David Weiner had attended his share of brises before, but this one was different. In early June, Weiner, who lives in Brooklyn, logged onto Zoom and virtually attended the bris — or brit milah, a Jewish circumcision ceremony — of a close friend’s infant son in Europe, 3,600 miles away. Strangely enough, he had never before had such an intimate glimpse of the main event.
“The funny thing about the digital bris is that, despite being 10 to 10,000 miles away, you’re actually given a much, much greater view of the action,” says Weiner, who jokes that he was literally born to comment on this subject given his name. “When I’ve been to brises in the past, usually I’m in the back eating bagels and lox or something. But when it comes to a socially distant Zoom bris, the camera and the action’s all centered on the very act of the bris.”
In fact, Weiner — the co-founder of Gossamer, a cannabis media lifestyle company — and his fiancée were both invited to separate Zoom brises in the same week. “I guess bris season is the new wedding season,” he laughs.
Yet however strange circumstances have been for bris attendees, the coronavirus has ushered in a surreal new reality for mohels (Jewish ritual circumcisers), whose trainings in the practice of brit milah never prepared them for a world where a hug from a grandparent could prove deadly.
A typical bris is a joyful gathering. Customarily, it occurs on the eighth day of the baby’s life, usually at the parents’ home or a synagogue. Friends and family attend, and the mohel — who may be a rabbi or doctor — leads the ceremony with blessings and a special prayer. But such mass gatherings, like weddings and funerals, have obviously been imperiled by the coronavirus restrictions.
“From mid-March to the middle of April, there were really very few brises being done anywhere,” says Jay Motola, a New York-based urologist who is also a mohel (and, full disclosure, a family friend). “People were fearful. People were afraid. So a lot of babies were either circumcised in certain hospitals on day two — which isn’t a bris — or they went home with their foreskins and they’ll perhaps do it at a later date.”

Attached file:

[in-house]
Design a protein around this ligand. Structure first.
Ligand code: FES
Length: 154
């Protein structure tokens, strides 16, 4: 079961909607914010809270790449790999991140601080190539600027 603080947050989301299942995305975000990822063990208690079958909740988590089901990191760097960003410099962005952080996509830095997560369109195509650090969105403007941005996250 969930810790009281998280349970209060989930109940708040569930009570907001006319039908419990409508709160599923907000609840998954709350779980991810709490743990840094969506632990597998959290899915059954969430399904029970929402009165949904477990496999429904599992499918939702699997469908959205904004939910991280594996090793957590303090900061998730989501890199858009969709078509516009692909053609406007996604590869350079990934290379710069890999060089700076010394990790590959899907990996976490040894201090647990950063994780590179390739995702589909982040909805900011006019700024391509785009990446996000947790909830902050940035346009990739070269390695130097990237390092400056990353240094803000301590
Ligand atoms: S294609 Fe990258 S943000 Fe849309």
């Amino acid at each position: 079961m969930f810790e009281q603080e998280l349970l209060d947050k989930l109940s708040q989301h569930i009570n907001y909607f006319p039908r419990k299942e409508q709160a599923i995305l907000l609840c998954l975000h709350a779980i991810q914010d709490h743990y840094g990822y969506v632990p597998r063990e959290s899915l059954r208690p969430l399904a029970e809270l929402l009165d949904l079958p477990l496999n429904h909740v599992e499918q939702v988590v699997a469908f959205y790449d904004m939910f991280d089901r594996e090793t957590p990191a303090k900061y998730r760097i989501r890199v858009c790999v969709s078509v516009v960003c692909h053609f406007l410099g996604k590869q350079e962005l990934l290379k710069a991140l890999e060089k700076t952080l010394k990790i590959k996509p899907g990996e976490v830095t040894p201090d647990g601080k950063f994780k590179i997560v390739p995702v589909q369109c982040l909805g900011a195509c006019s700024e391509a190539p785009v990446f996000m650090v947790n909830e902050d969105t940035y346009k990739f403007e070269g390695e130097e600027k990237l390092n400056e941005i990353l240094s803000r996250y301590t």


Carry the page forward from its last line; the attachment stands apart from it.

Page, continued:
While some Orthodox communities continued having brises, there was “a real stoppage” among Conservative and Reform Jews, Motola says. “We have a blog among the mohels,” he adds. “And there was a lot of discussion all the time: Should we do it? Should we wait? There were different schools of thought. Some people said, ‘Wait. It’s a national health emergency.’ When a baby is born unhealthy, the bris can be deferred. So if you loosely interpret this and carry it one step further, the world is unhealthy.”
‘Was That Snip What I Thought It Was?’
Since the bris economy resumed in late April, virtual brises have been the norm — meaning only immediate family (and the baby, of course) are physically present. “I would say 90 percent of [my] brises have just been the parents and grandparents,” says Cantor Mark Kushner, a full-time mohel who works in both New York and Philadelphia and calls himself a “bi-urban mohel.” “Everyone else is on Zoom.”
Like most mohels, Kushner takes added precautions. As soon as he walks in the home, he covers his shoes and immediately washes his hands. He requires everyone in the house to wear a mask. “I have a plastic barrier over my clothing,” he adds. “I Purell dozens of times.” Altogether, it takes an extra 15 minutes for him to set up.
Motola used to take public transportation to brises. Now he drives, scrupulously wiping down his car. Before the pandemic, he did brises with up to 150 people. Lately, his biggest crowd was 10. His biggest pre-bris conversation with the family now revolves around who’s coming. As he advises families, “If you don’t trust someone — if you don’t think someone’s really been social-distancing — this person shouldn’t be at a bris.”